Recently described as an “abstract painter of figurative mood,” Katy Moran enlists a wide scope of mark-making to conjure different atmospheres in each painting, every chosen surface being readymade.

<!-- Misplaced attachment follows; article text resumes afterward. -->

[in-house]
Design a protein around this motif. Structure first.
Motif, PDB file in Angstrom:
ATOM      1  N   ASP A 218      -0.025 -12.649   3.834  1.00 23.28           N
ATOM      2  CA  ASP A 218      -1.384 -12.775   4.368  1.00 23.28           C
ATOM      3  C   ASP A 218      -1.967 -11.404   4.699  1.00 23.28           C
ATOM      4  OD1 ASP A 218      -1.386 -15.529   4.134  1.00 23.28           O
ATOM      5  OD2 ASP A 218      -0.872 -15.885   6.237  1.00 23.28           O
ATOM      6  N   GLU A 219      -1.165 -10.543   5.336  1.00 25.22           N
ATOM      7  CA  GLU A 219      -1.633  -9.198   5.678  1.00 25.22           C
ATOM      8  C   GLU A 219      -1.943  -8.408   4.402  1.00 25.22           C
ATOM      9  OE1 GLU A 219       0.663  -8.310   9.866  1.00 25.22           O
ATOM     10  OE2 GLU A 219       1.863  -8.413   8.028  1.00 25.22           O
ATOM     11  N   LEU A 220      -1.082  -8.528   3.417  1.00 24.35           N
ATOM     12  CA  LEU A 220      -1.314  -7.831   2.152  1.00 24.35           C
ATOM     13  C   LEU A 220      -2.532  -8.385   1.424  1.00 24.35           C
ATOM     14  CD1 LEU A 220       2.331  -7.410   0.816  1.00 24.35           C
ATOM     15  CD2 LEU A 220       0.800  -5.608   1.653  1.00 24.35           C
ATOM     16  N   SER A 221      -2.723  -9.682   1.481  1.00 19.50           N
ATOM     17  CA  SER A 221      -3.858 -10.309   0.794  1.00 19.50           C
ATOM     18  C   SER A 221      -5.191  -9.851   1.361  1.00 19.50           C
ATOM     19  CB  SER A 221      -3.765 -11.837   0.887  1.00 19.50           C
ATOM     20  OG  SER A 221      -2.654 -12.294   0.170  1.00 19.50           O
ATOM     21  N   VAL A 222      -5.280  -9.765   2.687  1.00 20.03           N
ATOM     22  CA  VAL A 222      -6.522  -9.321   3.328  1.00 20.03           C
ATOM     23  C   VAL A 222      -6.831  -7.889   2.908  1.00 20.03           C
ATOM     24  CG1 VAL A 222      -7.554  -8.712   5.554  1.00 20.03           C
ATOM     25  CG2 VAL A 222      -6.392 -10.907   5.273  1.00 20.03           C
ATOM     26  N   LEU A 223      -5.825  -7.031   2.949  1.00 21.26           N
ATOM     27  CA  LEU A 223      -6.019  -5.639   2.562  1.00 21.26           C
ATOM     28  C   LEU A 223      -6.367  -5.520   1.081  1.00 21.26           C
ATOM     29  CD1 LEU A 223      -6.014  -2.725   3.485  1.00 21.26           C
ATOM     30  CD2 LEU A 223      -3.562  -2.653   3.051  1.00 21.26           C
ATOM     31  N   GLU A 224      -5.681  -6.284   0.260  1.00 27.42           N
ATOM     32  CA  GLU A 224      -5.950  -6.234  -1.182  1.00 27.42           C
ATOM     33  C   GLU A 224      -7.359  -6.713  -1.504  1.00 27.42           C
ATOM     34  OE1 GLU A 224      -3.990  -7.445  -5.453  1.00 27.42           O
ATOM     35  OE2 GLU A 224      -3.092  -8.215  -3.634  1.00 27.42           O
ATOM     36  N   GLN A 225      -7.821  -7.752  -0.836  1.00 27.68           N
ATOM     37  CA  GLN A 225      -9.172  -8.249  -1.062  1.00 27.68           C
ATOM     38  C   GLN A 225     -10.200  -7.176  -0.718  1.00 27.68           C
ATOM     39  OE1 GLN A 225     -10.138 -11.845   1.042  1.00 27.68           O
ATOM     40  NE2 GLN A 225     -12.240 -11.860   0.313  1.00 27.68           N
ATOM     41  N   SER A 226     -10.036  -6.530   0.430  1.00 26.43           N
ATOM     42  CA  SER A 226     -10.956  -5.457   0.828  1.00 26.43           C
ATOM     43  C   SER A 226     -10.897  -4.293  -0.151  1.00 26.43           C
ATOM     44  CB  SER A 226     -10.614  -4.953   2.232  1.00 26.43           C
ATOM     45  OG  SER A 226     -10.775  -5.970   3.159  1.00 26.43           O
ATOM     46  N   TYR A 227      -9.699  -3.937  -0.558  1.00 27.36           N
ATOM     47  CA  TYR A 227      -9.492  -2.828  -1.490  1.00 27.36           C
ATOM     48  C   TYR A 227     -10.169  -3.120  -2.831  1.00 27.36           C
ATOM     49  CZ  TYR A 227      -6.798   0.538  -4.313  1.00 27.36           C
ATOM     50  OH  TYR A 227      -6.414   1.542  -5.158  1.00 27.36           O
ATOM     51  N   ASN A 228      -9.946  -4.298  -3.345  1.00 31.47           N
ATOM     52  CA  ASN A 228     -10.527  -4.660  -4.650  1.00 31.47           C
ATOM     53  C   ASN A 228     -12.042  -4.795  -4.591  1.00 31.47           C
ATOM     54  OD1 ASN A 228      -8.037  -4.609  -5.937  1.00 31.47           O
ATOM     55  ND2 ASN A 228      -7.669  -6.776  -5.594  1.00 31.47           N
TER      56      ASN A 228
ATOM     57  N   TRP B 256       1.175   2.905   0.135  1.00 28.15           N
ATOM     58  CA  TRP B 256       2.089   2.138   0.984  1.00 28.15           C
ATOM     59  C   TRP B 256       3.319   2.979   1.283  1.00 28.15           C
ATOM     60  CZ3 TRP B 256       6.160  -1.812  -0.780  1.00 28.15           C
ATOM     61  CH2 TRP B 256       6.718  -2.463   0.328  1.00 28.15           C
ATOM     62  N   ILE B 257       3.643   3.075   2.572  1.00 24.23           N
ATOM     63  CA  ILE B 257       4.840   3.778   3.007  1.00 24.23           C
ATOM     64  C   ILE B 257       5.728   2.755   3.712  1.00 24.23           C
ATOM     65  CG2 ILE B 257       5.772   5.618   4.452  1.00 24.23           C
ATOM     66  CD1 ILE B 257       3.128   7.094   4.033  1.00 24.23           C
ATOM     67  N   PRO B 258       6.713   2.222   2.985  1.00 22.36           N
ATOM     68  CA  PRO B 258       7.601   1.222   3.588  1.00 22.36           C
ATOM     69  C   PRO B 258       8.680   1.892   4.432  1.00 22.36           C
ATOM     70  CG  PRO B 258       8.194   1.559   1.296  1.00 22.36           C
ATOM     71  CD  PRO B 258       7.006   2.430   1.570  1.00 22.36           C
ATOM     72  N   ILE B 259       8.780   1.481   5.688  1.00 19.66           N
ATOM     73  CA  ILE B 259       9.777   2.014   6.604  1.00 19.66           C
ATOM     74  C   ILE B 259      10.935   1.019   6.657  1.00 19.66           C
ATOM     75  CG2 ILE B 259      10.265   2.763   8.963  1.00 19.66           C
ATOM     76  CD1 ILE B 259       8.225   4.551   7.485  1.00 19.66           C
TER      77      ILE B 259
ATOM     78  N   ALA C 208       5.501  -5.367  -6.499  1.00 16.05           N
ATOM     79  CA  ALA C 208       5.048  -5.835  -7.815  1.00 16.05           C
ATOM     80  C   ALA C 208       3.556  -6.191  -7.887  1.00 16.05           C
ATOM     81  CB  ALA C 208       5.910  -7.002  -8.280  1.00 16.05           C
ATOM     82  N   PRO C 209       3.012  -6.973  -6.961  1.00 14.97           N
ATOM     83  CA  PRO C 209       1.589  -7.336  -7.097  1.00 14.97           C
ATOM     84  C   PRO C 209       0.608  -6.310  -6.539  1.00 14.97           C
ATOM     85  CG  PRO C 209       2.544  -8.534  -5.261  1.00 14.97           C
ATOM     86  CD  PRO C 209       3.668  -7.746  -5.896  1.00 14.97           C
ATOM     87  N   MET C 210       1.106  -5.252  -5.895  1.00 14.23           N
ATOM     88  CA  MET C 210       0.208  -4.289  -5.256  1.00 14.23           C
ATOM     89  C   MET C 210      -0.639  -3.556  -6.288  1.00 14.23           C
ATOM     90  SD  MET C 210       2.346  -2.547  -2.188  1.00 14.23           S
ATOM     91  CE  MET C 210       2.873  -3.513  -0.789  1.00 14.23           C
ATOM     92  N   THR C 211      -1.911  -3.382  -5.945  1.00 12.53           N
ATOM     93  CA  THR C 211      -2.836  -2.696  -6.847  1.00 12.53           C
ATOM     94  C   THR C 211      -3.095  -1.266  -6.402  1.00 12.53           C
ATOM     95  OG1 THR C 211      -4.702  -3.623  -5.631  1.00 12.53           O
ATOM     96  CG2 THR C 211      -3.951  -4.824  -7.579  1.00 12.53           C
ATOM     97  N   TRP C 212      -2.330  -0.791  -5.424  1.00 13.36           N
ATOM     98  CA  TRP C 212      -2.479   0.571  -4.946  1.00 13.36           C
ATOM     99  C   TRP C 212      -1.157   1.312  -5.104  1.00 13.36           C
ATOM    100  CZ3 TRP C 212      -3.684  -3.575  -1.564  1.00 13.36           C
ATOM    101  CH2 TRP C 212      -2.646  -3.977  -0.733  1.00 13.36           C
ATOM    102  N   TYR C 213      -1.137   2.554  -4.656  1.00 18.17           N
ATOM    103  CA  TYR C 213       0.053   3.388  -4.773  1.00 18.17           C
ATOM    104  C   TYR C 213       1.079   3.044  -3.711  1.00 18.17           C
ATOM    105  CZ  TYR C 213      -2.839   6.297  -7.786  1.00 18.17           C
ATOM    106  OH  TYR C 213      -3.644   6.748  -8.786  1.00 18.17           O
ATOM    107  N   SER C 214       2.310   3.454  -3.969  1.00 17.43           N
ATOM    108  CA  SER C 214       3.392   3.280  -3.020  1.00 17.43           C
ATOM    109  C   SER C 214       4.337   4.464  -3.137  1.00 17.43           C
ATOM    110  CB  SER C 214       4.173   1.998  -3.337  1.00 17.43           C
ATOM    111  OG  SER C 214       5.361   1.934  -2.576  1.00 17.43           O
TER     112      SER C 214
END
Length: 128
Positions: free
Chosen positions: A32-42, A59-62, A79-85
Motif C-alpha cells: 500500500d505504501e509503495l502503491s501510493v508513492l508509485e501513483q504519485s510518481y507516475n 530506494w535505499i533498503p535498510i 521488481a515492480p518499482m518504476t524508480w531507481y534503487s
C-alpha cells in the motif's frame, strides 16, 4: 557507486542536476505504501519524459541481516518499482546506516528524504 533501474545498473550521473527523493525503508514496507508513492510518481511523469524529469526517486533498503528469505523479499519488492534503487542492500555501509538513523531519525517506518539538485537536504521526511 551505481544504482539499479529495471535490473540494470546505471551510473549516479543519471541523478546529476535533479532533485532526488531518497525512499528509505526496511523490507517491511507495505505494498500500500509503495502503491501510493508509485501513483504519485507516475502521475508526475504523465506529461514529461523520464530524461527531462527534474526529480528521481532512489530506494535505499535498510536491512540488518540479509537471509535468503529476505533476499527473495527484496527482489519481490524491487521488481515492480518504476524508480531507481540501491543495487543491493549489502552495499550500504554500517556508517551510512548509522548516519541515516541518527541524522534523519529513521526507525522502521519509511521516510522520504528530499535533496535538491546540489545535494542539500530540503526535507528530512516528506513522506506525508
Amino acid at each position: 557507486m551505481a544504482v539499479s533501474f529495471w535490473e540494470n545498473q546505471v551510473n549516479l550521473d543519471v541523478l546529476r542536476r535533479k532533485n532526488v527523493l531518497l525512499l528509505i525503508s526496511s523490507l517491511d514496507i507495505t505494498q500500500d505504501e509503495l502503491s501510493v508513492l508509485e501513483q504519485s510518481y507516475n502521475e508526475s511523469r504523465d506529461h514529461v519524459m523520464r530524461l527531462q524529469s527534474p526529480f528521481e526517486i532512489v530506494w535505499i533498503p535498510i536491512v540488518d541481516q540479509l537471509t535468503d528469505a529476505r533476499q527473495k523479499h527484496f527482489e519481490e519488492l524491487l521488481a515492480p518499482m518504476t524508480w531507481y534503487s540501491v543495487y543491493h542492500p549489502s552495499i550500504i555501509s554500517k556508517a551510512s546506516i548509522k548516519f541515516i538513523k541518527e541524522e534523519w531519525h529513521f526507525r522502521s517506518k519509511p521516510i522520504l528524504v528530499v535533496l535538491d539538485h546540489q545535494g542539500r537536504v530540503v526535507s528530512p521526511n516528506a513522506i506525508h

Jean-Michel Basquiat (1960–1988) was born and raised in Brooklyn, the son of a Haitian-American father and a Puerto Rican mother. At an early age, he showed a precocious talent for drawing, and his mother enrolled him as a Junior Member of the Brooklyn Museum when he was six. Basquiat first gained notoriety as a teenage graffiti poet and musician. By 1981, at the age of twenty, he had turned from spraying graffiti on the walls of buildings in Lower Manhattan to selling paintings in SoHo galleries, rapidly becoming one of the most accomplished artists of his generation. Astute collectors began buying his art, and his gallery shows sold out. Critics noted the originality of his work, its emotional depth, unique iconography, and formal strengths in color, composition, and drawing. By 1985, he was featured on the cover of The New York Times Magazine as the epitome of the hot, young artist in a booming market. Tragically, Basquiat began using heroin and died of a drug overdose when he was just twenty-seven years old.